Here’s just a fraction of the photographic evidence (click here and here for slideshows) of yet another successful year of one of the coolest interdisciplinary endeavors in the ASFA universe! Writers, dancers — and this year, visual artists! — push envelopes, take chances, and (most of all) CREATE! TOGETHER!! #FunTimes. Many thanks to ASFA-DANCE’s Teri Weksler, who’s been the driving force behind this project, and to ASFA-CW’s Kwoya Maples and ASFA-VA’s Randy Gachet, who coordinated with Teri and the students to make this such an extraordinary learning experience for everyone involved. And, as always, thanks to ASFA’s core academic teachers and administrators, who adjust on the fly and help us fit this project into an already/always chock-full daily-weekly-semesterly schedule. (You guys are the best!)
In my own poetry, I’m drawn to both repetition and pop culture (so-called low-brow entertainments, especially), so when I read a short article quoting NBA owner and Shark Tank co-star Mark Cuban predicting the imminent “automation of automation,” I was all ears. Cuban was touting the need, in a changing economy, for young people to develop their creativity and critical thinking skills over tech savvy. Then, synchronicity of synchronicities (see, I told you I like repetition), Dr. Michael Meeks, ASFA’s Executive Director, shared this article in a recent meeting: “We Don’t Need to Teach Our Kids to Code, We Need to Teach Them How to Dream” by tech-journalist Tom Goodwin.
It’s not that digital technology is bad. It’s just that it isn’t a panacea for all that ails us, and it just as often creates new challenges and voids where it addresses and fills more familiar ones. With that in mind, schools (and parents) are uniquely positioned to (re)emphasize the uniquely intangible things that help humans truly thrive.
A few pull quotes from the Goodwin article:
- Think of people’s mental faculties as a set of concentric circles. At the core is the very essence of who we are: our values, how we think, what’s important to us, our personality and our behaviors. Over this layer, our skills are formed. Are we adaptable? Can we build relationships? Are we fast learning, good at music, great at languages, can we see things from different points of view? Around this we form technical abilities: the gathering of facts, vocabulary, and the processes of life…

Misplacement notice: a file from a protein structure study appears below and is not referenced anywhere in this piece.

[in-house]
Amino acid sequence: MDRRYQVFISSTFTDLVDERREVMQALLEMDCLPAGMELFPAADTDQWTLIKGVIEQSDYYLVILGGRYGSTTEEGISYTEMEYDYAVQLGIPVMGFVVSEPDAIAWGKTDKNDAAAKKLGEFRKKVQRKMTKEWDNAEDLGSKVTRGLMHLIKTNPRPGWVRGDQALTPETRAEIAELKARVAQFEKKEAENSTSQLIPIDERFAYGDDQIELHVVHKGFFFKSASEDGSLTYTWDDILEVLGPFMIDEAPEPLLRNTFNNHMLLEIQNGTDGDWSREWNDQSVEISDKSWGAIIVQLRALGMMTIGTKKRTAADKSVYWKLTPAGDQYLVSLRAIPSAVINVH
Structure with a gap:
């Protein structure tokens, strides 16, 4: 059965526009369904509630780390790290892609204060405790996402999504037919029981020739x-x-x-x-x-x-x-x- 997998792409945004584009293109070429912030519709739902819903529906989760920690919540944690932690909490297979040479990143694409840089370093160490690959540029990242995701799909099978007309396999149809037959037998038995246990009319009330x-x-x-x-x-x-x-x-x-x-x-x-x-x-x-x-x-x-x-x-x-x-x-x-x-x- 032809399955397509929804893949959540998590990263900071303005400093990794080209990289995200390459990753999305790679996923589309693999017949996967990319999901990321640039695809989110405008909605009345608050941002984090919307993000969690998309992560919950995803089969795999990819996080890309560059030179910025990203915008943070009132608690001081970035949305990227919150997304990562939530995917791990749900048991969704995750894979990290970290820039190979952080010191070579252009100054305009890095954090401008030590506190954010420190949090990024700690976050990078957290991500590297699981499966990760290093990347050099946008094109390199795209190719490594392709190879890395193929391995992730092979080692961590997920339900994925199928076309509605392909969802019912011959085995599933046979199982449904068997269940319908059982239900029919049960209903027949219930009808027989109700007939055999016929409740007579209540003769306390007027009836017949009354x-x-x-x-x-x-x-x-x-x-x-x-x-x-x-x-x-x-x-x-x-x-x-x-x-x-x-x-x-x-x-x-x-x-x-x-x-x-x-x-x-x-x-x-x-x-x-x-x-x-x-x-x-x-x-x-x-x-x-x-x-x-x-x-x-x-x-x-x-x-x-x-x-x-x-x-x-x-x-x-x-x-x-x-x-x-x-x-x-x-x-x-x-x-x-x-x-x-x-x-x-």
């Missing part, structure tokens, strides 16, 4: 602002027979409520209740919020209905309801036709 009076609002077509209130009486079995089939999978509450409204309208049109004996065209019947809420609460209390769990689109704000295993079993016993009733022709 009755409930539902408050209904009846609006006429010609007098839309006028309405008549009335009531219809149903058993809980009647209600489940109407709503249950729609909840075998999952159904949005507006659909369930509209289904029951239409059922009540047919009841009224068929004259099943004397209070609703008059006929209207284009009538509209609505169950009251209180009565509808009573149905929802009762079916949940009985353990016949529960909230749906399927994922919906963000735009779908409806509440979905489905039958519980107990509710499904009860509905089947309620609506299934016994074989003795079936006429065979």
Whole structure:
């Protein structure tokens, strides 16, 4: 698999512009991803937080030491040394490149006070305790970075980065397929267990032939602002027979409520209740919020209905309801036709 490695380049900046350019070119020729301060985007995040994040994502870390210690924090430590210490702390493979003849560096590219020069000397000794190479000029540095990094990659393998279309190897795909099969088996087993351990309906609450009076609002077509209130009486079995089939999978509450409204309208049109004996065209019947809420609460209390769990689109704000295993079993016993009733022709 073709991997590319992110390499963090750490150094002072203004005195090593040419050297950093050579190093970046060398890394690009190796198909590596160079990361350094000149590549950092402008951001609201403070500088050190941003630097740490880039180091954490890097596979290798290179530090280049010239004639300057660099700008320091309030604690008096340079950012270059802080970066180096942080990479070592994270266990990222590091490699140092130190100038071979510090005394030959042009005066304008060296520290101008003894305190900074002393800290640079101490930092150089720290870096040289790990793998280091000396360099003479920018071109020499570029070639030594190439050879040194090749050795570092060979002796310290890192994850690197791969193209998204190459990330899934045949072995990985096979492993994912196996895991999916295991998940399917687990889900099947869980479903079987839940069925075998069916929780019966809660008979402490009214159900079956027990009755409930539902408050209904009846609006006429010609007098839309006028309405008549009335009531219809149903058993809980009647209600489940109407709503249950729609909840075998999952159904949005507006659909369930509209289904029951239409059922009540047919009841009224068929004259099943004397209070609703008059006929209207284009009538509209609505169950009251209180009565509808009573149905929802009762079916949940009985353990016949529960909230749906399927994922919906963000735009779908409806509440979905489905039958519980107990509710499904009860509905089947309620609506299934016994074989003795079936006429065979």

- Current schooling seems outward-in. We prioritize knowledge above all else. It is tested in exams. The best in school are those who can most easily recall information. Which was pretty helpful until like now, where information is immediate, everywhere and abundant. In a world of Fake news, being able to form opinions, criticize, evaluate, and see both sides of the story are far more vital than merely knowing things, absorbing stuff and parlaying it back robotically…
- We don’t need to change everything now, but we do need to start forgetting the assumptions that we have made. The future is more uncertain than ever, but we need to make our kids as balanced, agile, and as self-reliant as ever in order to thrive in it.
The idea is that, in a world where cars drive themselves and there’s software to build software, we really are going to have to reimagine what human work is — and probably sooner rather than later. Yes, that’s maybe a little bit scary. But it’s also a potential boon to anyone who hasn’t forgotten how to imagine something in the first place. “Every child is an artist,” Picasso supposedly said. “The problem is how to remain an artist once [she] grows up.” This, it seems, is nothing less than the clarion call of 21st C. education. (#Aspire!)
First Things First:
This is not school.
This is a shared (sacred) space for all of us to do what we love.
This is “How to Do What You Love.”
We’re here at ASFA because “what we love” has at least something to do with what’s on the white board below:
And what’s on this one below:
But how do we evaluate whether we’re doing “what we love” in the right way?
Turns out, “what we love” requires the ability to work autonomously.
That’s why self-evaluation is the most important kind of evaluation.
That’s also why outside objective evaluation (grades, numbers, etc) is (a) very difficult and (b) not very useful when it comes to the things we love to do.
I am not very interested in attaching a number or letter grade to you. I do it because I am required to do it.
I am very interested in giving you my honest, direct opinion about your creative process as I see it.
I am also very interested in getting your honest, direct opinion about my creative process as you see it.
I don’t differentiate my teaching from my writing.
Teaching and writing (and reading and thinking) are related components of my entire creative process.
They are the most important activities in my life and they’re guided by the white boards above.
They’re also guided by the materials we’ll discuss this week, including this article from a recent NY Times Magazine article: What If the Key to Success Is Failure?
I promise you two things: (a) I will always take your work seriously (even if you sometimes don’t) and (b) I will never give up on you and your creative process (even if you sometimes do).
I believe those two promises define whether or not I’m successful in my work at ASFA.
I ask only one thing of you: that you make those same promises to yourself.